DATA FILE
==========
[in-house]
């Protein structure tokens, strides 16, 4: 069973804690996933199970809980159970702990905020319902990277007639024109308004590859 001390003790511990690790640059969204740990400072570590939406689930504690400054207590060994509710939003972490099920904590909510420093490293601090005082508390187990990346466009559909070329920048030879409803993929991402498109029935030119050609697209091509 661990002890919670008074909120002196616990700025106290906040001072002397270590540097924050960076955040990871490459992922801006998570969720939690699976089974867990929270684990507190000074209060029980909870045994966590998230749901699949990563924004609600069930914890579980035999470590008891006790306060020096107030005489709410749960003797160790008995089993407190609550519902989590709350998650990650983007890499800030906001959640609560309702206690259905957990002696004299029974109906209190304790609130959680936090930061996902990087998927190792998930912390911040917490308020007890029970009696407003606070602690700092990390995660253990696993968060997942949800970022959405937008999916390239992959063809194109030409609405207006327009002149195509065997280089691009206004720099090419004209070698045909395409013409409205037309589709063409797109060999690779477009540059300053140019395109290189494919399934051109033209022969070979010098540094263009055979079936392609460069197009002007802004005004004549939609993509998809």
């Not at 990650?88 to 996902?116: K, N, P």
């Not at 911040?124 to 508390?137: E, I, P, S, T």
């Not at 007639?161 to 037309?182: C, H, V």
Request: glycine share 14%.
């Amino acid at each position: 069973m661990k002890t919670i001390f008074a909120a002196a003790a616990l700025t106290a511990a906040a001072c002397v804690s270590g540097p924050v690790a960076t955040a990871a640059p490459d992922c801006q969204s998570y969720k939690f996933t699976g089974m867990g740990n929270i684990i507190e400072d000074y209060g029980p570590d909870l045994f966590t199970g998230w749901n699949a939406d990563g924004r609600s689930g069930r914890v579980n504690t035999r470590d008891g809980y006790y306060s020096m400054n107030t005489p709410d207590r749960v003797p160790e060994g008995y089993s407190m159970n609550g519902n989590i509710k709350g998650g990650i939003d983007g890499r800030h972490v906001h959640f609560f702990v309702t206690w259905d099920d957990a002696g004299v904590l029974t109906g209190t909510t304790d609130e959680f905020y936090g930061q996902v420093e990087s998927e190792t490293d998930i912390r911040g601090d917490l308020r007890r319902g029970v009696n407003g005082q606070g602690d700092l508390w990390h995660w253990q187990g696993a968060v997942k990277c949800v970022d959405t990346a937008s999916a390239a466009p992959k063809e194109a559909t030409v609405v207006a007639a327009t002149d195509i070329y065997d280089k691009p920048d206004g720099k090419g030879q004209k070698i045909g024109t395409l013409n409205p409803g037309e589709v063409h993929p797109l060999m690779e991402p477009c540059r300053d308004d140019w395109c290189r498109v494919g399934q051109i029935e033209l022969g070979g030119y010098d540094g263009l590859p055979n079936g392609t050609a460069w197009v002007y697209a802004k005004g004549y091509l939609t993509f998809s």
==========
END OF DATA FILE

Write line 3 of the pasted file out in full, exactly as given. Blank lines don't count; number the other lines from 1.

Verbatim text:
């Not at 990650?88 to 996902?116: K, N, P």